Thursday, 19 March 2009

A Presidency Fit for a King

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Detail of Obama wavingIt is said that on the final day of deliberation at the Constitutional Convention of 1787, a female passerby asked an exiting Ben Franklin, "Well Doctor, what have we got — a republic or a monarchy?" He replied, "A Republic, if you can keep it." But if Ben Franklin were alive today to witness the unlimited, king-like power of President Barack Obama, he would answer that we are definitely living under an elected monarch.

The Honorable John V. Denson, a Circuit Court judge from Alabama and editor of Reassessing the Presidency: The Rise of the Executive State and the Decline of Freedom, explains that "the Founders intended for the legislative branch of Congress, composed of both the House and Senate, to be the dominant branch of the federal government, which was then very limited in scope and power. Today the executive has become, by far, the dominant branch of government, even to the point that it is the main threat to the liberty and freedom of American citizens." (Emphasis added.)

It must be stressed that the aggrandizement of power within the executive branch certainly did not start under the current occupant of the White House. President Barack Obama is simply the latest in a long line of presidents who is all too happy to wield expansive presidential power that would have horrified the Founding Fathers. Obama's "progressive" agenda and his actions after being in office for a little over a month illustrate that he plans to build upon that legacy of centralization and control by leaps and bounds.

Obama's Imperial Presidency

When writing in the Declaration of Independence about the "long train of abuses and usurpations" committed on the colonists by the tyrannical king of Great Britain, Thomas Jefferson identified a series of such abuses, including "[the king] has erected a multitude of New Offices, and sent hither swarms of Officers to harass our people and eat out their substance." The description of this abuse has eerie similarities to the growing list of executive departments collectively referred to as "the administrative state." Defenders of liberty have much to worry about as unelected bureaucrats based out of D.C. exercise powers that were once solely reserved to Congress, the states, or the people themselves.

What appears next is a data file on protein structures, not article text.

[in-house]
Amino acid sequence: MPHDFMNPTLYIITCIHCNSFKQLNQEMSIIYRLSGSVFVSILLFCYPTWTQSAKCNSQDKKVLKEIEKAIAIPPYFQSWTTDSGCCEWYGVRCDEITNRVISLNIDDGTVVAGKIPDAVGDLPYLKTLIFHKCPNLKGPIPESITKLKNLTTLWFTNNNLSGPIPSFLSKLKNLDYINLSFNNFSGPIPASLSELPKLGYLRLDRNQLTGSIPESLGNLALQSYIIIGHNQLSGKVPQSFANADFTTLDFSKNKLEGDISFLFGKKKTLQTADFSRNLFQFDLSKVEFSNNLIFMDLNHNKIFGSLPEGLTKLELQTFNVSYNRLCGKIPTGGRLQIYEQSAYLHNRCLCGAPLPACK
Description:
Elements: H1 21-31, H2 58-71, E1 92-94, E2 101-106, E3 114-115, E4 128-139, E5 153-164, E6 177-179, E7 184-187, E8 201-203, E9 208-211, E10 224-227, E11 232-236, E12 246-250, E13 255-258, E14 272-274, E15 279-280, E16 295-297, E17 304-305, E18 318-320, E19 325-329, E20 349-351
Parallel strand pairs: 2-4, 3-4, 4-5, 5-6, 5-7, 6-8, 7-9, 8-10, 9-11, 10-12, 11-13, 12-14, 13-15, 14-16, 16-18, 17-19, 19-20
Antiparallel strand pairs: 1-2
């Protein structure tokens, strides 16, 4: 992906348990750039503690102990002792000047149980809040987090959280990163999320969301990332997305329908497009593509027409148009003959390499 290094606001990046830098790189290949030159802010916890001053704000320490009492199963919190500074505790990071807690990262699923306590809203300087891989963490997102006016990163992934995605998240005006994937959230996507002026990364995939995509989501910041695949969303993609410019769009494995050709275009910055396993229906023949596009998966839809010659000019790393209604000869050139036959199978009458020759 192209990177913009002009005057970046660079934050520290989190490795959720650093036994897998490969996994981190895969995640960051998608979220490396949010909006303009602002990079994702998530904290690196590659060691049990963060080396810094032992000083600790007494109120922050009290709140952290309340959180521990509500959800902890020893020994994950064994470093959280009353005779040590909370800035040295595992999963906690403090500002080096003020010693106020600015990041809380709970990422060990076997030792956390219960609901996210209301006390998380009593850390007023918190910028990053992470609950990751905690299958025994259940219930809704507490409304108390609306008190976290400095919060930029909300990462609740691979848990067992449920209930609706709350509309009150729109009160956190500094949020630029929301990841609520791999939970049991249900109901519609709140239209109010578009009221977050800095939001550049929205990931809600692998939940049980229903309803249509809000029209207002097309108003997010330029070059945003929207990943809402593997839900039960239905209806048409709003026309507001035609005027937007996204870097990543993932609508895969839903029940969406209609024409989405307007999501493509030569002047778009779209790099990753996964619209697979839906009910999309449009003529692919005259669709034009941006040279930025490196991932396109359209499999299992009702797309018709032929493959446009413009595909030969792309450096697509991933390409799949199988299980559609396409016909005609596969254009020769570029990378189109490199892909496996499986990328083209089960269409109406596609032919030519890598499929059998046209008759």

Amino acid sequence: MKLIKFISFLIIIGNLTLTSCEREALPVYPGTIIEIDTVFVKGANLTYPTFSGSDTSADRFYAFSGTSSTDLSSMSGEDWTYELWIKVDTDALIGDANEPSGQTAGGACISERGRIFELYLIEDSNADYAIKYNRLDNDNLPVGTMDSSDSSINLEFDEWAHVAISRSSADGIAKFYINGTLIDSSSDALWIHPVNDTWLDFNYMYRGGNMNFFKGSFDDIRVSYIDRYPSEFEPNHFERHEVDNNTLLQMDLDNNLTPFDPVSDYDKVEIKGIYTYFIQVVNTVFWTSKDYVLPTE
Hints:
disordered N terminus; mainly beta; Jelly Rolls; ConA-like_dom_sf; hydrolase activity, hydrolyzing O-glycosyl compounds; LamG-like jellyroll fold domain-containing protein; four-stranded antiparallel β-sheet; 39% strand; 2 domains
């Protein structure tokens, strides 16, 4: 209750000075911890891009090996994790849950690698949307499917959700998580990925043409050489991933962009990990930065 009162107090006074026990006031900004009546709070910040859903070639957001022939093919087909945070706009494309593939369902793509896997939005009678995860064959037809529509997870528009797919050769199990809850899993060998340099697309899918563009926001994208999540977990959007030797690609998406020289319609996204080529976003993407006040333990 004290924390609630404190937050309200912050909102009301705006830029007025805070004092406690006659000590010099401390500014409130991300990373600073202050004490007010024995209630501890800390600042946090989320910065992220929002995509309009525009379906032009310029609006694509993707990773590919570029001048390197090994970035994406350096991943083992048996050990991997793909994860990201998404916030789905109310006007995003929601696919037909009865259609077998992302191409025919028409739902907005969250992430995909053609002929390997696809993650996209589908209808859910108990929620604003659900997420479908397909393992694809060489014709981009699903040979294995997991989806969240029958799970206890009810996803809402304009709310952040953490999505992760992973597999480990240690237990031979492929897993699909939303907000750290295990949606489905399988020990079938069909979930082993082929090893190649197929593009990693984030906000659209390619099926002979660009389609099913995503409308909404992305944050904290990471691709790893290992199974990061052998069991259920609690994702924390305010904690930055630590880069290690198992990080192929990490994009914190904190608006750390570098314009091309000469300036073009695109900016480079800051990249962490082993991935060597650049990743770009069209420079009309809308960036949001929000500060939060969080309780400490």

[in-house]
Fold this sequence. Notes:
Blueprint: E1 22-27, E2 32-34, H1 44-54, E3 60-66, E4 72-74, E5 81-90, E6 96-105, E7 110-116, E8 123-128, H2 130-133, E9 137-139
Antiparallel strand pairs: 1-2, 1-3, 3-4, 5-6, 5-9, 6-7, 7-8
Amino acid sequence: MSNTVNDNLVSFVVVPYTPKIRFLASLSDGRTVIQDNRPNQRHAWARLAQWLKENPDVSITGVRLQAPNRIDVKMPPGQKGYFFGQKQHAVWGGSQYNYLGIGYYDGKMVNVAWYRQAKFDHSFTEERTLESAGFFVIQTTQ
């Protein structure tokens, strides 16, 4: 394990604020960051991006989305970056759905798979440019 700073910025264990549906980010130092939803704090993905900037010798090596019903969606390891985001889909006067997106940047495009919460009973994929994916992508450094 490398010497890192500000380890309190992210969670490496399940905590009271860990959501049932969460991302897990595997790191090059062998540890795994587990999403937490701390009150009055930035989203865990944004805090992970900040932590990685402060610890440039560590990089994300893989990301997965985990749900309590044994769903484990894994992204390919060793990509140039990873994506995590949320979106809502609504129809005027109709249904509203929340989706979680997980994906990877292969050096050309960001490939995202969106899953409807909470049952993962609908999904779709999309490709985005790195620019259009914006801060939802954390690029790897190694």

What is the administrative state? Attorney and researcher Donald S. Dobkin explains: "Most of the real lawmaking in modern-day America occurs in bureaucracies. The Federal Register alone comprises some 70,000 pages annually. Any attempt at congressional oversight of these bureaucracies is impossible; the sheer size of the Administrative State is as incomprehensible as it is unconstitutional. Scholars will tell you that we no longer live under the Constitution and its three branches of government. Rather, we live under the administrative law of an administrative state, a de facto fourth branch of government. This fourth branch of government is one that James Madison in The Federalist would have deemed 'the very essence of tyranny.'" These bureaucracies are all under the control of the president and allow him to have far-reaching control acting as America's administrator. It is through this administrative state that the president wields much of his power. Obama can simply direct an agency to change policy, which will allow him to impact state laws across the country.